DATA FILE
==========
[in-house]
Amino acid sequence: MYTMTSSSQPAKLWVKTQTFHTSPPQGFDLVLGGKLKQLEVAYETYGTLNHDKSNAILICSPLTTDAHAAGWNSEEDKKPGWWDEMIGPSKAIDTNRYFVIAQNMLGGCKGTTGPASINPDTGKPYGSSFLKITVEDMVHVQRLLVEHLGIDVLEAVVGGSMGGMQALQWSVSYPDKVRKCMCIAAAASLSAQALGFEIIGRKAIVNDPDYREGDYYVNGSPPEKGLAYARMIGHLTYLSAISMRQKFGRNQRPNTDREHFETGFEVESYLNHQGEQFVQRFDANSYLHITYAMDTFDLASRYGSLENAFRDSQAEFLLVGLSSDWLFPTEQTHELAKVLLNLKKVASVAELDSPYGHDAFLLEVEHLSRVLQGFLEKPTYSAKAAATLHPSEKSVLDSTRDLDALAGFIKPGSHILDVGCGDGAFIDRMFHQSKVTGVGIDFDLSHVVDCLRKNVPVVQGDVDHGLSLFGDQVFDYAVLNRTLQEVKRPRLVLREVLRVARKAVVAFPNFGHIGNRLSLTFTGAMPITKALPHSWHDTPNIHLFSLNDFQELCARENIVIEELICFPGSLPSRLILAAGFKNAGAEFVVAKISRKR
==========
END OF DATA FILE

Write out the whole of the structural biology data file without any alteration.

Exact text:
[in-house]
Amino acid sequence: MYTMTSSSQPAKLWVKTQTFHTSPPQGFDLVLGGKLKQLEVAYETYGTLNHDKSNAILICSPLTTDAHAAGWNSEEDKKPGWWDEMIGPSKAIDTNRYFVIAQNMLGGCKGTTGPASINPDTGKPYGSSFLKITVEDMVHVQRLLVEHLGIDVLEAVVGGSMGGMQALQWSVSYPDKVRKCMCIAAAASLSAQALGFEIIGRKAIVNDPDYREGDYYVNGSPPEKGLAYARMIGHLTYLSAISMRQKFGRNQRPNTDREHFETGFEVESYLNHQGEQFVQRFDANSYLHITYAMDTFDLASRYGSLENAFRDSQAEFLLVGLSSDWLFPTEQTHELAKVLLNLKKVASVAELDSPYGHDAFLLEVEHLSRVLQGFLEKPTYSAKAAATLHPSEKSVLDSTRDLDALAGFIKPGSHILDVGCGDGAFIDRMFHQSKVTGVGIDFDLSHVVDCLRKNVPVVQGDVDHGLSLFGDQVFDYAVLNRTLQEVKRPRLVLREVLRVARKAVVAFPNFGHIGNRLSLTFTGAMPITKALPHSWHDTPNIHLFSLNDFQELCARENIVIEELICFPGSLPSRLILAAGFKNAGAEFVVAKISRKR